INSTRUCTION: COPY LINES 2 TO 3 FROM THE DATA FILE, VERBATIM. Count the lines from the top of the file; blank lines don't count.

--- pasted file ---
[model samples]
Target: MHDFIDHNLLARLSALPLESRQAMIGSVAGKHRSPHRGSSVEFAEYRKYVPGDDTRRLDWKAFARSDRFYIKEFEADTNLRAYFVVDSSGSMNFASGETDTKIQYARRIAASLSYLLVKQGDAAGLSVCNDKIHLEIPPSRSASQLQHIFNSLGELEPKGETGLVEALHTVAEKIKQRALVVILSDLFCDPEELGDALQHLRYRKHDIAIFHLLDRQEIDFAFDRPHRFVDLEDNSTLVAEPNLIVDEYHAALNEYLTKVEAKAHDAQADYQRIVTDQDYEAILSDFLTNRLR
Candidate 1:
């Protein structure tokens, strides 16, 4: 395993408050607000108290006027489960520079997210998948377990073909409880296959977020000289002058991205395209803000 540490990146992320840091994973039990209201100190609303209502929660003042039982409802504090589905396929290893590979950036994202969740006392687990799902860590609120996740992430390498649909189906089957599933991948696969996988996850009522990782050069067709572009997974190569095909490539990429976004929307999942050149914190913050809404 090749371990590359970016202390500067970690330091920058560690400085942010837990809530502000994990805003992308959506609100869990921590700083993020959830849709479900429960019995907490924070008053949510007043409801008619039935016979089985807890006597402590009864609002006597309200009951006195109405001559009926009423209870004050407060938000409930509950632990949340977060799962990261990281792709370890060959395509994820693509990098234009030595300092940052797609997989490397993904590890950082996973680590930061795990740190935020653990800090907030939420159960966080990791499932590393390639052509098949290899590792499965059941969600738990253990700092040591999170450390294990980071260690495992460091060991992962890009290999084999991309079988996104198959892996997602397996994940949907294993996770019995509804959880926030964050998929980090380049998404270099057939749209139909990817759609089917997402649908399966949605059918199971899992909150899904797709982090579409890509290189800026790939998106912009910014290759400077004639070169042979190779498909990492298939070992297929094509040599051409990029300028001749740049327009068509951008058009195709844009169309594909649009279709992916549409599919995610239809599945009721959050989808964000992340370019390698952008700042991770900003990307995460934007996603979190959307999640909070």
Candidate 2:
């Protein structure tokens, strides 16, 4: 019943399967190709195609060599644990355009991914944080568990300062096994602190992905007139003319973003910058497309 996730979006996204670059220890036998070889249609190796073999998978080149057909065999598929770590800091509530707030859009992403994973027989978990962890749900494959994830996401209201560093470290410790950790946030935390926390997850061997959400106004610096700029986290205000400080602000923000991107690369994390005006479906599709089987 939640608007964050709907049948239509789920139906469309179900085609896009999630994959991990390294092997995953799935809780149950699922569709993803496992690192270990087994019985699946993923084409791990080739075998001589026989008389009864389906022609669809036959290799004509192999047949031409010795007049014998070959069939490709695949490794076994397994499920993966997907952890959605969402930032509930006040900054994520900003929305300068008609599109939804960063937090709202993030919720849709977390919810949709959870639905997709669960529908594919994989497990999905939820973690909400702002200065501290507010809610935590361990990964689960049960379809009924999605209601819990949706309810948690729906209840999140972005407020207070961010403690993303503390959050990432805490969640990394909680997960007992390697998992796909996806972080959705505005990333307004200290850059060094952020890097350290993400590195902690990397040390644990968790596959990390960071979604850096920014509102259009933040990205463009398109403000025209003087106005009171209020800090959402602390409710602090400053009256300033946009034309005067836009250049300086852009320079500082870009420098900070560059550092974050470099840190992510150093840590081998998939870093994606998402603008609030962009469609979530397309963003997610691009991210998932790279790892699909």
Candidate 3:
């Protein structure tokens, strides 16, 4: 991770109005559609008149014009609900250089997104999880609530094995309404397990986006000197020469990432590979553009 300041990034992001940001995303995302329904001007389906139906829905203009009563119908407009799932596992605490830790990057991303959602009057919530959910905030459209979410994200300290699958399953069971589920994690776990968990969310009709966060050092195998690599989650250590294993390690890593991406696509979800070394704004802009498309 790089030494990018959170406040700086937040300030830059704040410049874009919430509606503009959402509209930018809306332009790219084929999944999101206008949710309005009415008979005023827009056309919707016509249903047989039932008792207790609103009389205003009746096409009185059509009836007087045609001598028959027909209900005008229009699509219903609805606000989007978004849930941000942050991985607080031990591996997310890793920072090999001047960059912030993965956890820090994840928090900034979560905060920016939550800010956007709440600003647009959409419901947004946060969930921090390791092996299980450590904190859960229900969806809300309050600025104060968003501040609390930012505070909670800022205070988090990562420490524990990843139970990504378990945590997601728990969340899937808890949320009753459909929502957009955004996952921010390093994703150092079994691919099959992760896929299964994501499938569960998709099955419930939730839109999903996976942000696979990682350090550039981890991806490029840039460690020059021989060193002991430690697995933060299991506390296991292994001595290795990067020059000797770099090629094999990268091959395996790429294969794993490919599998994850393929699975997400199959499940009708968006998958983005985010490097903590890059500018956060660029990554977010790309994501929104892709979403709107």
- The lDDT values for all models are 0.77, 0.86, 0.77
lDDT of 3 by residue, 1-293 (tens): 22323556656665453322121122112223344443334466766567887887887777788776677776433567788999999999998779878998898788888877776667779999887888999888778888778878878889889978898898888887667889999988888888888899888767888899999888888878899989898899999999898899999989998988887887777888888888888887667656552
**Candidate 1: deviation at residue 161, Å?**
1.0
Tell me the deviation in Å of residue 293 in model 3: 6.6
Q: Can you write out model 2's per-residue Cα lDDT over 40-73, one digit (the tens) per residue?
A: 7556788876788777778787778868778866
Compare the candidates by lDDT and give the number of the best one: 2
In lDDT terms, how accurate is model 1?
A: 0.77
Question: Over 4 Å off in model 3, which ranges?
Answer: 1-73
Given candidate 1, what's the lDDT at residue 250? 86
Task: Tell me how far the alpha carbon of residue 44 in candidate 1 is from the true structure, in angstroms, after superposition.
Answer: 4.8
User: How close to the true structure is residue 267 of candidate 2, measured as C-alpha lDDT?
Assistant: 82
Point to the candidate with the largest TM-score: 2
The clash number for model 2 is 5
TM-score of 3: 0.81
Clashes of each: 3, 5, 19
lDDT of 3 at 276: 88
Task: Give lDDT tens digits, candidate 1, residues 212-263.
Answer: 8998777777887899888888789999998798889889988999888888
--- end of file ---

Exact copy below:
Target: MHDFIDHNLLARLSALPLESRQAMIGSVAGKHRSPHRGSSVEFAEYRKYVPGDDTRRLDWKAFARSDRFYIKEFEADTNLRAYFVVDSSGSMNFASGETDTKIQYARRIAASLSYLLVKQGDAAGLSVCNDKIHLEIPPSRSASQLQHIFNSLGELEPKGETGLVEALHTVAEKIKQRALVVILSDLFCDPEELGDALQHLRYRKHDIAIFHLLDRQEIDFAFDRPHRFVDLEDNSTLVAEPNLIVDEYHAALNEYLTKVEAKAHDAQADYQRIVTDQDYEAILSDFLTNRLR
Candidate 1: